Don’t Lose the Gospel

Don't Lose the Gospel

I am preaching through the pastoral letters and when I recently began 2 Timothy I was reminded of the concern that Paul expresses about how the gospel will be handled after his death. He not only emphasizes the importance and centrality of the gospel—which he does in all his letters, but he also issues warnings that indicate he is concerned that the gospel might be lost—not in the world, primarily—but in the church.

This is evident in the specific instructions Paul give to Timothy, beginning in the first chapter. Consider his admonitions in 2 Timothy 1:8-14:

  1. Do not be ashamed of the gospel, 8a,—Therefore do not be ashamed of the testimony about our Lord, nor of me his prisoner,
  1. Be willing to suffer for the gospel, 8b—but share in suffering for the gospel by the power of God
  1. Keep the gospel, 13—Follow the pattern of the sound words that you have heard from me, in the faith and love that are in Christ Jesus
  1. Guard the gospel, 14—By the Holy Spirit who dwells within us, guard the good deposit entrusted to you.

Then in 2 Timothy 2:8, Paul tells Timothy to remember the gospel: “Remember Jesus Christ, risen from the dead, the offspring of David, as preached in my gospel.”

Why does Paul say these things? He has preached the gospel faithfully throughout his ministry. He has taught Timothy the gospel faithfully. Timothy has preached the gospel faithfully and proven himself a trustworthy minister of it (Philippians 2:19-24). Is Paul really concerned that Timothy will forget the gospel or that the gospel is in any real danger?

Paul writes the way that he does about these things because he recognizes that there are always threats to the gospel. He has lived through some (in Galatia, in Antioch with Peter, Galatians 2:11-14, and at the Jerusalem Council, Acts 15) and he sees some on the horizon as he writes his final letter.

We are never beyond the danger of the gospel being undermined, neglected or lost altogether. We need to be alert to this—more alert than we tend to be. We should never think that this cannot happen on our watch. It happened on Paul’s and it could easily happen on ours.

In the 18th century, JC Ryle understood the ever-present dangers that face the gospel. In Knots Untied, he wrote:

“You may spoil the gospel by substitution. You have only to withdraw from the eyes of the sinner the grand object which the Bible proposes to faith–Jesus Christ–and to substitute another object in His place… and the mischief is done.

“You may spoil the gospel by addition. You have only to add to Christ, the grand object of faith, some other objects as equally worthy of honor, and the mischief is done.

“You may spoil the gospel by disproportion. You have only to attach an exaggerated importance to the secondary things of Christianity, and a diminished importance to the first things, and the mischief is done.”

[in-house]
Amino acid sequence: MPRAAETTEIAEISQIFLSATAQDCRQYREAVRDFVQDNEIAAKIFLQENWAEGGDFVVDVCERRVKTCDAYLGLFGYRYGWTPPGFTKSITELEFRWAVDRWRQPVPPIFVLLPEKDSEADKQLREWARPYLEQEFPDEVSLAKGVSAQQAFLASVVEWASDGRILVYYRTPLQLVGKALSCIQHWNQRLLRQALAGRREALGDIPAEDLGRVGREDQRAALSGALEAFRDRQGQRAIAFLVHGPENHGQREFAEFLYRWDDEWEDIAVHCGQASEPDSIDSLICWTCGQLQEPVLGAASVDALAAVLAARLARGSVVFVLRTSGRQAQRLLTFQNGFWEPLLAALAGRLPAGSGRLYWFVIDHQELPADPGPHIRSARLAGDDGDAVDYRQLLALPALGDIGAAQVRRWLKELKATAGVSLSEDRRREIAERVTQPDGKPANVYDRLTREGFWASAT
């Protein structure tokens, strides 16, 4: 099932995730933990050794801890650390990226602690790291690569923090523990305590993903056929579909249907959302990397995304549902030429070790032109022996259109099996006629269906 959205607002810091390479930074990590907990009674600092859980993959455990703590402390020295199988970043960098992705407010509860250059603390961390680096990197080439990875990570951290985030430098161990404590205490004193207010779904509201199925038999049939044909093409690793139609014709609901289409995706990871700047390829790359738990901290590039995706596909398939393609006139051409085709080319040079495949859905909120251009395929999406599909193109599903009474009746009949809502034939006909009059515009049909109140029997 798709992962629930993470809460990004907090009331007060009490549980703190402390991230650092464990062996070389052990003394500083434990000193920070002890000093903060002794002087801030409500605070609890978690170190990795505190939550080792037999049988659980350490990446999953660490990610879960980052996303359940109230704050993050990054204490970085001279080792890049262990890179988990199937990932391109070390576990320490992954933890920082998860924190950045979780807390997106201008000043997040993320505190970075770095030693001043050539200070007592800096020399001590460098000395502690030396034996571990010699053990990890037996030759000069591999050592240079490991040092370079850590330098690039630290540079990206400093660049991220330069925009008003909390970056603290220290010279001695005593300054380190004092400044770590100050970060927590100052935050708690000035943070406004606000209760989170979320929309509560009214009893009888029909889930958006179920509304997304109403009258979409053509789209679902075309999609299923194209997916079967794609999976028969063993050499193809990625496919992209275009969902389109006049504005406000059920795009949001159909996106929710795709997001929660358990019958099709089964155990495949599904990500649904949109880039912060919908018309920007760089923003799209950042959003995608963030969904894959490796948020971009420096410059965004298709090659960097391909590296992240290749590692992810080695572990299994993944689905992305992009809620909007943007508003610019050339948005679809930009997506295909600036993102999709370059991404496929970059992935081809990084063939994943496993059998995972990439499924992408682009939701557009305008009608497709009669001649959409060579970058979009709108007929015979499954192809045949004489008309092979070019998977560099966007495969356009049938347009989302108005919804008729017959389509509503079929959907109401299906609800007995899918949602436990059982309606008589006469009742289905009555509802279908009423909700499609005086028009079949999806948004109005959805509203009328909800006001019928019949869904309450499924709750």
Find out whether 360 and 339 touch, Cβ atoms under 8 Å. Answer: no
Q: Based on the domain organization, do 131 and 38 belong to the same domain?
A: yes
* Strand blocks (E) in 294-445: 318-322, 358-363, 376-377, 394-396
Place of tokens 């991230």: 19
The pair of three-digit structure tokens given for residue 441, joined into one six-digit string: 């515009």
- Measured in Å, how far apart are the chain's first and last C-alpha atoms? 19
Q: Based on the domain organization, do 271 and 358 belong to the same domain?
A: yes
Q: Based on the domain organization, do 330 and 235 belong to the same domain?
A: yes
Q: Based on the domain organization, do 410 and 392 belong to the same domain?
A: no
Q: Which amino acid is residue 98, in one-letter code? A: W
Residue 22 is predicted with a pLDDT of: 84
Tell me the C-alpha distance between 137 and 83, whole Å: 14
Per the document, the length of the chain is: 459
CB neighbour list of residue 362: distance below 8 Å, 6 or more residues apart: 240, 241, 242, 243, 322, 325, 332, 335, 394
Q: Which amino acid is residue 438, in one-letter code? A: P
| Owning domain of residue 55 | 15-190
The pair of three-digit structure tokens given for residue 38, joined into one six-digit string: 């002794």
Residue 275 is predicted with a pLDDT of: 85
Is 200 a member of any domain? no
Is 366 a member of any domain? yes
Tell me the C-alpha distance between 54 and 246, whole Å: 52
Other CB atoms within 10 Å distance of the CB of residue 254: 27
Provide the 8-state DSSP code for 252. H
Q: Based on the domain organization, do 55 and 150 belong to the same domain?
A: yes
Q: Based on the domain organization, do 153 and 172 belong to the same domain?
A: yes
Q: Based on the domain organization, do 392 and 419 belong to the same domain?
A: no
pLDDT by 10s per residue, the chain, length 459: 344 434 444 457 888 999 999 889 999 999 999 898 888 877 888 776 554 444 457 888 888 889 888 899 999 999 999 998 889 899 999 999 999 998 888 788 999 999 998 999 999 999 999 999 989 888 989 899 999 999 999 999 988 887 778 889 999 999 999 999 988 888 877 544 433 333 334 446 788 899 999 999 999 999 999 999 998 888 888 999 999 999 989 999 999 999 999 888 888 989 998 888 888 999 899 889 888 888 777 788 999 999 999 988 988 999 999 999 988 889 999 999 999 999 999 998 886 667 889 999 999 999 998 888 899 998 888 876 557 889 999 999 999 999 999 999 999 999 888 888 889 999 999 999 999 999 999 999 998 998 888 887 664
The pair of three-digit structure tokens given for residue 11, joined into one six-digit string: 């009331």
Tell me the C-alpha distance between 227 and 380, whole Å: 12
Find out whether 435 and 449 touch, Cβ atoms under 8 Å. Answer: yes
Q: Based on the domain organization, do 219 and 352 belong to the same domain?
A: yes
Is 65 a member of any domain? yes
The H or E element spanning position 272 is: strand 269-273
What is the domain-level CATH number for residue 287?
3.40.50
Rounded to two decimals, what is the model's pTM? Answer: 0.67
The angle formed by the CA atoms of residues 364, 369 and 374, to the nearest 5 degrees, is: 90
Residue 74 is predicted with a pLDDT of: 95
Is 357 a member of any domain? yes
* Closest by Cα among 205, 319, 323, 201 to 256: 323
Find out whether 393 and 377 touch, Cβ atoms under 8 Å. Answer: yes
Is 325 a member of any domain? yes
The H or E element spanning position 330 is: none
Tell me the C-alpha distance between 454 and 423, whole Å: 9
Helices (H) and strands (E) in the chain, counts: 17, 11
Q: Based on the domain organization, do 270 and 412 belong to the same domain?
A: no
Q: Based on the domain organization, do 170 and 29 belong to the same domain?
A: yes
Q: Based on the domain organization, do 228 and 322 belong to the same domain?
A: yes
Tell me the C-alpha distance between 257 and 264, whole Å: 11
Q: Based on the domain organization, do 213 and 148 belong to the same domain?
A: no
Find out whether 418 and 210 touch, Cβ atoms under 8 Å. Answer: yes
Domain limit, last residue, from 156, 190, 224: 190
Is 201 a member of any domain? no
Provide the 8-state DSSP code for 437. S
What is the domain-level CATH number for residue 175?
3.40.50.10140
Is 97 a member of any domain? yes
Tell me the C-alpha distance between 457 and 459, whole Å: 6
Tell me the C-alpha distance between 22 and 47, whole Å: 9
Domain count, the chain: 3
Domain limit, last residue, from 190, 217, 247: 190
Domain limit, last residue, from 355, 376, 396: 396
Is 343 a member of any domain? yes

We are facing each of these dangers today, but perhaps the third one more so than the others. Advocates of various good causes within the evangelical world can sometimes present their arguments as if the gospel is incidental or even altogether insignificant. When that happens, Paul’s admonitions need to be heeded all-the-more.

We are always in danger of losing the gospel. Facing that danger is the first step to avoiding it.

Follow Tom Ascol:

Tom Ascol has served as a Pastor of Grace Baptist Church in Cape Coral, FL since 1986. Prior to moving to Florida he served as pastor and associate pastor of churches in Texas. He has a BS degree in sociology from Texas A&M University (1979) and has also earned the MDiv and PhD degrees from Southwestern Baptist Theological Seminary in Ft. Worth, Texas. He has served as an adjunct professor of theology for various colleges and seminaries, including Reformed Theological Seminary, the Covenant Baptist Theological Seminary, African Christian University, Copperbelt Ministerial College, and Reformed Baptist Seminary. He has also served as Visiting Professor at the Nicole Institute for Baptist Studies at Reformed Theological Seminary in Orlando, Florida. Tom serves as the President of Founders Ministries and The Institute of Public Theology. He has edited the Founders Journal, a quarterly theological publication of Founders Ministries, and has written hundreds of articles for various journals and magazines. He has been a regular contributor to TableTalk, the monthly magazine of Ligonier Ministries. He has also edited and contributed to several books, including Dear Timothy: Letters on Pastoral Ministry, The Truth and Grace Memory Books for children and  Recovering the Gospel and Reformation of Churches. He is also the author of From the Protestant Reformation to the Southern Baptist ConventionTraditional Theology and the SBC and Strong and Courageous. Tom regularly preaches and lectures at various conferences throughout the United States and other countries. In addition he regularly contributes articles to the Founders website and hosts a weekly podcast called The Sword & The Trowel. He and his wife Donna have six children along with four sons-in-law and a daughter-in-law. They have sixteen grandchildren.
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